At one point in Life Itself, Steve James’ documentary based on Roger Ebert’s 2011 memoir of the same name, Ebert’s wife, Chaz, wryly mentions that her husband is “death-obsessed”—an understandable position, given that at this point in filming, Ebert was in the midst of what would turn out to be the last of many, many hospital stays during his 11-year battle with cancer. But there’s an overwhelming sense that Ebert’s fixation on death is simply an extension of his zeal for life in all its complexity, which Life Itself embodies from its title on down. Death is a part of life—one that informs everything we do, on some level or another—and watching Ebert characterize whatever time he has left as “money in the bank,” from what viewers know is his deathbed, is life-affirming and heartbreaking in equal measure.
Those hospital scenes help make what could have been a fairly straightforward profile a remarkable piece of documentary filmmaking, as much a discourse on life and death in general as the story of one specific, extraordinary life. Credit for that certainly goes to James, but also to Ebert, who helps the director orchestrate the movie as it’s filming, via onscreen emails and the computer software that allowed him to speak when his body would no longer let him. When Ebert cheekily orders James to film himself in the hospital-room mirror, or sends the director an email expressing glee that they got some grody footage of his G-tube being suctioned out, it’s clear he considers himself more than just the subject of this film.
Such moments of fourth-wall-breaking are appropriate in the context of Ebert’s life, a good portion of which was spent hobnobbing and collaborating with the filmmakers he wrote about in his official capacity as the Chicago Sun-Times’ film critic, and later, as the co-host of Sneak Previews and At The Movies. (James is among those filmmakers; Ebert, along with Gene Siskel, was a vocal advocate of Hoop Dreams when it came out in 1994.) Ebert wrote about film, yes—prolifically, astutely, and seemingly effortlessly—but he also lived it, and the filmmakers he befriended along the way were cast members in the movie of his life. Many of them are actual cast members in Life Itself as well, including Martin Scorsese (who also executive-produced), Werner Herzog, Errol Morris, Ramin Bahrani, and Ava DuVernay, who all contribute fond remembrances of Ebert as both a critic and person.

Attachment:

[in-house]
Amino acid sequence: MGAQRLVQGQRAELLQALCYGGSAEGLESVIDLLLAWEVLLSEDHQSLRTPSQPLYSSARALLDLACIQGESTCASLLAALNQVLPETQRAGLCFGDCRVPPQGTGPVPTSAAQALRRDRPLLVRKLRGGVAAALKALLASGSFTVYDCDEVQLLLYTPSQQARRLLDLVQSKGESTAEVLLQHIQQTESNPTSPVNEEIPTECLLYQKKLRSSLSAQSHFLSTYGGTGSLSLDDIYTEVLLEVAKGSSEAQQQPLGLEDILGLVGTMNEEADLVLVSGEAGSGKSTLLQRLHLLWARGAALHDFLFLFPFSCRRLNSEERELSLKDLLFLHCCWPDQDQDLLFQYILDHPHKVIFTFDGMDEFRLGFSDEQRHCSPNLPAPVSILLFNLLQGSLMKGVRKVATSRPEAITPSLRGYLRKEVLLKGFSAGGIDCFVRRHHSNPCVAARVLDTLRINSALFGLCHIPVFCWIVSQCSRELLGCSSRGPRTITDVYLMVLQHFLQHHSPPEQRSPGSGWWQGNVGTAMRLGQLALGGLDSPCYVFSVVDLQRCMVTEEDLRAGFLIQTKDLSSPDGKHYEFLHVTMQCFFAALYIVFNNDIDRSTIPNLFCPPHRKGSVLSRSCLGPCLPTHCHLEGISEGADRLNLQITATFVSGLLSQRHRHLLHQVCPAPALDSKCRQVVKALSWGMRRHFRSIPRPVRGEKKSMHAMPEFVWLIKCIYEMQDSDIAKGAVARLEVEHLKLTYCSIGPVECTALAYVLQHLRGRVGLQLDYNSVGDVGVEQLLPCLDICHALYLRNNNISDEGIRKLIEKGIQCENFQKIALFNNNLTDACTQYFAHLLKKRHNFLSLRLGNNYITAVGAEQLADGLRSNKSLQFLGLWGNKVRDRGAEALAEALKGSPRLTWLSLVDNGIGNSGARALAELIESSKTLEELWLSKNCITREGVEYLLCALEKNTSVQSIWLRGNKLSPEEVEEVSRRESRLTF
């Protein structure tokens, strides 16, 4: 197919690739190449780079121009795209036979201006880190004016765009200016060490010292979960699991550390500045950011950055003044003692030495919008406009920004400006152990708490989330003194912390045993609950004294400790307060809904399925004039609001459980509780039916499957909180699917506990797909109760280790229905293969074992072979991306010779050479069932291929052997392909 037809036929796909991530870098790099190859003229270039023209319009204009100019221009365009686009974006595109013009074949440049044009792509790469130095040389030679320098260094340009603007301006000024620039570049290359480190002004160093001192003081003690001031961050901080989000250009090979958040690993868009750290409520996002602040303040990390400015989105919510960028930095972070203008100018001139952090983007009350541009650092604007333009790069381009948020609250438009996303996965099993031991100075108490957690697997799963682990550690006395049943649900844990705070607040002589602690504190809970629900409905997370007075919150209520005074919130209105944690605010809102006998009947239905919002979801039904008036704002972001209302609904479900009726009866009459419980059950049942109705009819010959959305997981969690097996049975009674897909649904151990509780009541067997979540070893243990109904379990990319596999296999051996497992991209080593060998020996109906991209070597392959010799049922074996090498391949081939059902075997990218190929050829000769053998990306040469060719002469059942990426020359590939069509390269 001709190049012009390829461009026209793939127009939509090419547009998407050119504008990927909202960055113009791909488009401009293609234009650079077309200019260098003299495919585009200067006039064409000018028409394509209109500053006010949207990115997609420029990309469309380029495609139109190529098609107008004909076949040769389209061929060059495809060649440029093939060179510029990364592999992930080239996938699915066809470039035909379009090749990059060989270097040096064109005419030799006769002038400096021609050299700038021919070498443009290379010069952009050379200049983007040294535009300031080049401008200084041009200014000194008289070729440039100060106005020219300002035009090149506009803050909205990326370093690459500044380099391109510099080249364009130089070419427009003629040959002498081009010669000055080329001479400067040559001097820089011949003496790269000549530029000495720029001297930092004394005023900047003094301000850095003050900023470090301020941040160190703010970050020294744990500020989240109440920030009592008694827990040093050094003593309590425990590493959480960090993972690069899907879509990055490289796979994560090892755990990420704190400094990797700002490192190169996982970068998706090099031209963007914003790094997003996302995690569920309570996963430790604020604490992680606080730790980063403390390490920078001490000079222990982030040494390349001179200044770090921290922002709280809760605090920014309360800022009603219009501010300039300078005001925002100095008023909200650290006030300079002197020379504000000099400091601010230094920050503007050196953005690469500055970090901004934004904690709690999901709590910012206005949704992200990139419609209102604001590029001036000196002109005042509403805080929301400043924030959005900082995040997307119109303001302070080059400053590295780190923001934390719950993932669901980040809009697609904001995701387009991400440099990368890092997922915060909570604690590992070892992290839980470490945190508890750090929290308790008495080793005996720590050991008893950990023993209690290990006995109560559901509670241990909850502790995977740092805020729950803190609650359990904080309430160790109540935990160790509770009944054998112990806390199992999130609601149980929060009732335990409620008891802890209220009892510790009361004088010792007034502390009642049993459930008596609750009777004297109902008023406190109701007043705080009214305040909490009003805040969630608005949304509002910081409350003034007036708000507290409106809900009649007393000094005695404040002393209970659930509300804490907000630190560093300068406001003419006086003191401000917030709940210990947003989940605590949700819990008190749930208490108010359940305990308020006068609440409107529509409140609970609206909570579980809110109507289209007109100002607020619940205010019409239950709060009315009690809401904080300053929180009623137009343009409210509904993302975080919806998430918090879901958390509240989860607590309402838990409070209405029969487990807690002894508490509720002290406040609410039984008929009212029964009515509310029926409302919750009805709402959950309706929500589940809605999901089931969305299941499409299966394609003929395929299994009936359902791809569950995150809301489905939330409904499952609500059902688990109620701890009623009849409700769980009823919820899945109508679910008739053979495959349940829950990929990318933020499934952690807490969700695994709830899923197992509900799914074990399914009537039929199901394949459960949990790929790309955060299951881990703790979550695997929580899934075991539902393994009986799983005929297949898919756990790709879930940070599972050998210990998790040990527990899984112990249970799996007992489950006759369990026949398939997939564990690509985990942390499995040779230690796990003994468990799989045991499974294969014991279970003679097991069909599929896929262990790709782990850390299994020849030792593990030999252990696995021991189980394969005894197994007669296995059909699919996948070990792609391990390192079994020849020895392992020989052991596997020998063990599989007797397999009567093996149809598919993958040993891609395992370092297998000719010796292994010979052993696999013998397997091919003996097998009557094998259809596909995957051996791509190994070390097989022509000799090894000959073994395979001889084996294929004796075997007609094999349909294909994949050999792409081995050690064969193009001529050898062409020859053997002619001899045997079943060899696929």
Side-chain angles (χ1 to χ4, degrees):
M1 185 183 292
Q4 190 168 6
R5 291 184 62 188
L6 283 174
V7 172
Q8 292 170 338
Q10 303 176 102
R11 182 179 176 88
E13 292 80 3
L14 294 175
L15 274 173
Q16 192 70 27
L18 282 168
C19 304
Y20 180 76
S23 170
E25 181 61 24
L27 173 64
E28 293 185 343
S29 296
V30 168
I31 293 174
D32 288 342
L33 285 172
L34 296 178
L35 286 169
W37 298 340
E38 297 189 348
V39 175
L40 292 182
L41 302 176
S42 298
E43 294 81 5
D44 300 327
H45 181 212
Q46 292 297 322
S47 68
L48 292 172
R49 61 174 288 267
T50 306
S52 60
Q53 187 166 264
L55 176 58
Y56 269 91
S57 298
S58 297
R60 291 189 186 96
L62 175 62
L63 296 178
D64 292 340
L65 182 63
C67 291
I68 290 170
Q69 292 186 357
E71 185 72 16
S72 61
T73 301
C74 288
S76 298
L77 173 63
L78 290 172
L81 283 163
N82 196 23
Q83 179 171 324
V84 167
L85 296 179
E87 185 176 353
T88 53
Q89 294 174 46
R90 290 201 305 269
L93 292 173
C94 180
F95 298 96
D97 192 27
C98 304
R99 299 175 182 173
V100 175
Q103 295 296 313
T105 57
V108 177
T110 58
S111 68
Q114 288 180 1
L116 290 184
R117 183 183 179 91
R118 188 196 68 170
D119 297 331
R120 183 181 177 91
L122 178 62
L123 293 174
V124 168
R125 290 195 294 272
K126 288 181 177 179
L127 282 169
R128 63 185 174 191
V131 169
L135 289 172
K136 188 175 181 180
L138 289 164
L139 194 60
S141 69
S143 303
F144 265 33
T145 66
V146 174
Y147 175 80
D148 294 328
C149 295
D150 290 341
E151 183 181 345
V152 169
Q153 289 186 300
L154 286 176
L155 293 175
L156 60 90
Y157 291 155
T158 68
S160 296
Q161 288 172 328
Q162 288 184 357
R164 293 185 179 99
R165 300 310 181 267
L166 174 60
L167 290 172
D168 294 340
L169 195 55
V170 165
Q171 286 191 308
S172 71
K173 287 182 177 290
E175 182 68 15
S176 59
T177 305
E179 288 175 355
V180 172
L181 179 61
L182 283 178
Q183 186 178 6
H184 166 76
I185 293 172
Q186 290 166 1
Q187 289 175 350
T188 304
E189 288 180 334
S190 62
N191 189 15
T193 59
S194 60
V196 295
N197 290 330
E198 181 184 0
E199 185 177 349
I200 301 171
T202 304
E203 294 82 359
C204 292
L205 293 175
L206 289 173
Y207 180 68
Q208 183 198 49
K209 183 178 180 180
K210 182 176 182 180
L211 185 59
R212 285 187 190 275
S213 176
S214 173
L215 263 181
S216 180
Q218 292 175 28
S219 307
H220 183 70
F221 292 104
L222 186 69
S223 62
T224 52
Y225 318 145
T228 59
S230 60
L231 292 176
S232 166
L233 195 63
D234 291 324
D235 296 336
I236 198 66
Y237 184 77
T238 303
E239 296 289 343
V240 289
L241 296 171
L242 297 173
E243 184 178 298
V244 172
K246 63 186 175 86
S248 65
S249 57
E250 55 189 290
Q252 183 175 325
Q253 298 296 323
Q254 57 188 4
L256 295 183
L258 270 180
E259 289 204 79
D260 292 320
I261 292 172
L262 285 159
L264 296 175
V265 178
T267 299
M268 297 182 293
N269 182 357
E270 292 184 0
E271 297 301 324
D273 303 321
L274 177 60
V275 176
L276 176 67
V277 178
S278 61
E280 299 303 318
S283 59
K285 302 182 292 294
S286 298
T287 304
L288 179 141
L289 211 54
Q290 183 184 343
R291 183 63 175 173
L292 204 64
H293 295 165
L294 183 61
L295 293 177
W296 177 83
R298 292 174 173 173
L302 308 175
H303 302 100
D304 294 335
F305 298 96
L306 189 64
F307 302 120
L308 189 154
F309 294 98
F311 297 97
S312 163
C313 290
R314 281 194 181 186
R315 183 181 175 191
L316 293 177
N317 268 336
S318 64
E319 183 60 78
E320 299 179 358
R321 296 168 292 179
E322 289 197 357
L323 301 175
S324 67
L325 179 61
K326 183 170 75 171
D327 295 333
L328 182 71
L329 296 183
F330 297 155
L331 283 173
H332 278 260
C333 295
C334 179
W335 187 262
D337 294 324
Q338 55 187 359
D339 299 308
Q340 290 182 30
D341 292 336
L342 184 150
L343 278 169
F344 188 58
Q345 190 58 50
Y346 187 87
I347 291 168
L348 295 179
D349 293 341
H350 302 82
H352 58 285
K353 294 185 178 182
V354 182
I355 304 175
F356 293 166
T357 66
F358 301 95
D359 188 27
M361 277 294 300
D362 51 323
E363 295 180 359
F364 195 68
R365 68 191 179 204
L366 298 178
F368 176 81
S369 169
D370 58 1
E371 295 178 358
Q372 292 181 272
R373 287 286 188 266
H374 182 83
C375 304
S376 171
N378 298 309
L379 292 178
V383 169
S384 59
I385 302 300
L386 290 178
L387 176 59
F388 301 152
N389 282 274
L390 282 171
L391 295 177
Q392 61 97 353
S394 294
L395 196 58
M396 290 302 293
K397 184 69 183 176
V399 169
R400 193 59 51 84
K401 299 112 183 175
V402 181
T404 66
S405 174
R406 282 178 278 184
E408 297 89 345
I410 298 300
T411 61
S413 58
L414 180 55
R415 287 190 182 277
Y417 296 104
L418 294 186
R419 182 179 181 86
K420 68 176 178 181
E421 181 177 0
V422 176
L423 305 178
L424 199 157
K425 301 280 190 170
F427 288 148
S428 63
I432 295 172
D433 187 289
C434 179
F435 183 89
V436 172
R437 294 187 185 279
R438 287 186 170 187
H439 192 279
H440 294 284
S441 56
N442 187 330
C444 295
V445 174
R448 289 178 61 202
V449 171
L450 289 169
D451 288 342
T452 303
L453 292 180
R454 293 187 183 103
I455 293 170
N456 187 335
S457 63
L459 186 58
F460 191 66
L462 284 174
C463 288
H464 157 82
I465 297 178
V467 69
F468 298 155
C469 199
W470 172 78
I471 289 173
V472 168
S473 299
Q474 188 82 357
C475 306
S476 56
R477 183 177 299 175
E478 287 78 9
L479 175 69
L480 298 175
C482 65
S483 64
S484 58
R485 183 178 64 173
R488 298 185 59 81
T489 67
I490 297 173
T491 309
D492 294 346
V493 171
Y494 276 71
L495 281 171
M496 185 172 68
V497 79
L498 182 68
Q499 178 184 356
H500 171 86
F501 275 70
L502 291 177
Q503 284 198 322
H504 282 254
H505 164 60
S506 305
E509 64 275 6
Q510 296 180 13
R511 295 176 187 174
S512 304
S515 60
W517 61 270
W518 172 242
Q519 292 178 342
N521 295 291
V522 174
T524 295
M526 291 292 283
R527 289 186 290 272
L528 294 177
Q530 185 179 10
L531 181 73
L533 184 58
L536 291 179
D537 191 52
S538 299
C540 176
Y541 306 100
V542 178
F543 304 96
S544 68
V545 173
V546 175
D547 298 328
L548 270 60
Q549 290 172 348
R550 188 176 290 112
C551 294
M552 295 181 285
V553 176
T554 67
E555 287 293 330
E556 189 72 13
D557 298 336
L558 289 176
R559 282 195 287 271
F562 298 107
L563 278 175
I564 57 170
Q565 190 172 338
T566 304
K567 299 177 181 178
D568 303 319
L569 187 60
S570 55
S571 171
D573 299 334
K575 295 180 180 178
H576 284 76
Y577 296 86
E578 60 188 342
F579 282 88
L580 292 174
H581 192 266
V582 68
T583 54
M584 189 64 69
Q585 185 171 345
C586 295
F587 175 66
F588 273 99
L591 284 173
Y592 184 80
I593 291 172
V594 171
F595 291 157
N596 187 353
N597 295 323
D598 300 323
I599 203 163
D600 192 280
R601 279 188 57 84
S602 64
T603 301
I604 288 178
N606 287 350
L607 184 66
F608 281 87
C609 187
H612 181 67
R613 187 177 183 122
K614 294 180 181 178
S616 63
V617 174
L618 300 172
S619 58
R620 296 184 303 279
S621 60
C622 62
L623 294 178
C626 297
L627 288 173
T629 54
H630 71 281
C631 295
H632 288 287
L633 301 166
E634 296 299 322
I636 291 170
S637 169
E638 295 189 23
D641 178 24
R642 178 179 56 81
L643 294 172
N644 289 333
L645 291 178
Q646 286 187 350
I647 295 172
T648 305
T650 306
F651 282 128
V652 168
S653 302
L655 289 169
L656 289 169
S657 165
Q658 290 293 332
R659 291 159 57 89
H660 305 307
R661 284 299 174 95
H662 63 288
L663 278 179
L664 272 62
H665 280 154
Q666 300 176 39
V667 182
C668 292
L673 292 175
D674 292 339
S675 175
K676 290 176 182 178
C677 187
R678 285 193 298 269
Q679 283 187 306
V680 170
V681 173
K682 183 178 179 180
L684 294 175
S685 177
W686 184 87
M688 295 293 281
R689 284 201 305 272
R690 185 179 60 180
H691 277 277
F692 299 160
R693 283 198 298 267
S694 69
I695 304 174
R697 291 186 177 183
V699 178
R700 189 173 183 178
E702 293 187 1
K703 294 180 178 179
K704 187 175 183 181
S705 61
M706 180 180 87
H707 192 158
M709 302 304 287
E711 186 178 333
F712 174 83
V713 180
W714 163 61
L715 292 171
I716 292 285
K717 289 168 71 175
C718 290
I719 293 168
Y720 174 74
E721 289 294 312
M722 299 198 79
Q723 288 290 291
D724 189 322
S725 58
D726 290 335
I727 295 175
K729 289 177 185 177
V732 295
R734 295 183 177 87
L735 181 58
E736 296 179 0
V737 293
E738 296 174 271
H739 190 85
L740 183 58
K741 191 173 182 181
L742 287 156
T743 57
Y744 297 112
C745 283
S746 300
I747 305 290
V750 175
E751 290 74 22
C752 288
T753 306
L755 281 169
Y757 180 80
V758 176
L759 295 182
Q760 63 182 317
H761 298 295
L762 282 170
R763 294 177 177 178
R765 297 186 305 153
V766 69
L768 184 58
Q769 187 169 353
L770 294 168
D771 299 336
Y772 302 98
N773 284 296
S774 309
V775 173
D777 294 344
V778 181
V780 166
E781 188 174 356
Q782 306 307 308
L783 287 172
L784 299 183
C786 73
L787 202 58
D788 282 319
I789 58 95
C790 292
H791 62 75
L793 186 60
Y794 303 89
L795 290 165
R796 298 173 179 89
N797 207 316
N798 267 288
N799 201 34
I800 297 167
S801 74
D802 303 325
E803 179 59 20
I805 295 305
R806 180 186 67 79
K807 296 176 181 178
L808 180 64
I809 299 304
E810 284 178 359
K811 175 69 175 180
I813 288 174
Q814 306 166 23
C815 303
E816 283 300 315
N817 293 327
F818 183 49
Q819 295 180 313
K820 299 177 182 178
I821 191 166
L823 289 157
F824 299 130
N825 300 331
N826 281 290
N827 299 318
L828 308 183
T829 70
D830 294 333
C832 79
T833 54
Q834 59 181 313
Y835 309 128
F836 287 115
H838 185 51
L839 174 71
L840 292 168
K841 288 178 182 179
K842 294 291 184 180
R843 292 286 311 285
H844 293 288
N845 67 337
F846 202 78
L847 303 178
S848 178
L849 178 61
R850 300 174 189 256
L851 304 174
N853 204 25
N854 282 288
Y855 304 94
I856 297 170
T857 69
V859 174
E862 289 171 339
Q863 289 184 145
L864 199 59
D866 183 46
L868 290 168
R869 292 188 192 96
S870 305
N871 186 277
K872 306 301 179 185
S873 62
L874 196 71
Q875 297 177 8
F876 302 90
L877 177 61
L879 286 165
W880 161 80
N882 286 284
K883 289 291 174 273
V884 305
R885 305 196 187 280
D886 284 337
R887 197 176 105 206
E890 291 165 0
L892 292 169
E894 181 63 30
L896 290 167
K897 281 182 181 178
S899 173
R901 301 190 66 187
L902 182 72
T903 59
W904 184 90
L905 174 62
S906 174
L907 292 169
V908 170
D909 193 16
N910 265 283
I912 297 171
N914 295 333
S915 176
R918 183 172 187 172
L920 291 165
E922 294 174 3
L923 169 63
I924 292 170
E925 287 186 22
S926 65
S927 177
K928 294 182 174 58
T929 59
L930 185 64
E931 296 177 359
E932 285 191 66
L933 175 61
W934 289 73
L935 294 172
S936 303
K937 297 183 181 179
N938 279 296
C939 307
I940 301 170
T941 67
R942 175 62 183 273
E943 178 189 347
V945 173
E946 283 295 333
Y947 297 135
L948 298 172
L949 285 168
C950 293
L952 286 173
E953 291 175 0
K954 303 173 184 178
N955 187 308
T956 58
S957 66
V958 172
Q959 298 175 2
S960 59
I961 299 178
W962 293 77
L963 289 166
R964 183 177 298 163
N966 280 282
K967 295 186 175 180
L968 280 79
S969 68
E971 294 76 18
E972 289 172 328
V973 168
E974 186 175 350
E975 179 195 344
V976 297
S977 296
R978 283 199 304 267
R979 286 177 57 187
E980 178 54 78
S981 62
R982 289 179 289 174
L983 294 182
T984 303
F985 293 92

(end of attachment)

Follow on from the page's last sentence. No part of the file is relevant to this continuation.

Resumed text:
But not too fond. Appropriately, Life Itself is reverent while still being critical of its subject, acknowledging his flaws (his alcoholism, his terrible taste in women pre-Chaz, a prurient streak that led, among other things, to his collaboration with Russ Meyer) in the context of his humanity. The film’s overview of Ebert’s rivalry with Siskel in particular is fascinating for the glimpse it provides of both men’s insecurities, as well as their biting wit; a blooper reel of At The Movies where the two snipe at each other between takes, camera-ready smiles pasted on as they hiss between their teeth, is deliciously awkward. But it also makes time to acknowledge the deep-seated—sometimes very deep—respect the two held for each other, even if it took Siskel’s death for it to become completely evident to Ebert and those around him.
The At The Movies era was arguably the most important phase of Ebert’s career, and Life Itself spends an appropriately sized chunk of time exploring it, via archival footage and interviews with producers and Siskel’s widow Marlene, among others. But it’s only a single chapter in the sprawling story of Ebert’s life, which the film skips through semi-chronologically, filling in the essential moments on the timeline, but finding much more fruitful material in the footnotes. The stamp he used to print his byline as a journalism-obsessed adolescent; the time he literally stopped the presses of the college paper The Daily Illini as a cocky, audacious editor; his stilted, disastrous first time on camera; him explaining Michael Apted’s Up series to his granddaughter as he writes a review of 56 Up from his hospital bed: These are the shadows and highlights that fill in the picture of Ebert as a person, not a Wikipedia entry. And they’re given further life by Ebert’s words, written in the book Life Itself and judiciously delivered via voiceover in the film by voice actor Stephen Stanton, who makes his voice sound just enough like Ebert’s to make the narration feel natural without tipping over into spooky.
Despite all that, the specter of death hangs heavy over Life Itself, which went into production when Ebert was still alive and relatively optimistic about the future. (A short scene where Roger and Chaz discuss the re-design of rogerebert.com, which didn’t launch until after his death in April 2013, is an especially meta bit of foreshadowing.) Watching that optimism fade over the course of the present-day footage in the hospital is gut-wrenching, particularly when James focuses his camera on the steadfast Chaz, who lets only the tiniest glimpses of fear and frustration peek through her resolute façade. Those glimpses are enough, though, to remind viewers that they are watching Ebert’s eulogy, one he helped author in more ways than one.
But Life Itself’s most powerful element is one Ebert had no control over: its context. Ebert was an advocate of context in criticism, and it would probably please him as both a critic and a fan of irony to know that his death is what enlivens Life Itself. Watching that context actually take shape onscreen is remarkable—remarkable that James had the premonition and audacity to capture it as he did, and that Ebert not only let him, but encouraged it. After 45 years of watching, critiquing, and loving film, the man knew what made a good movie.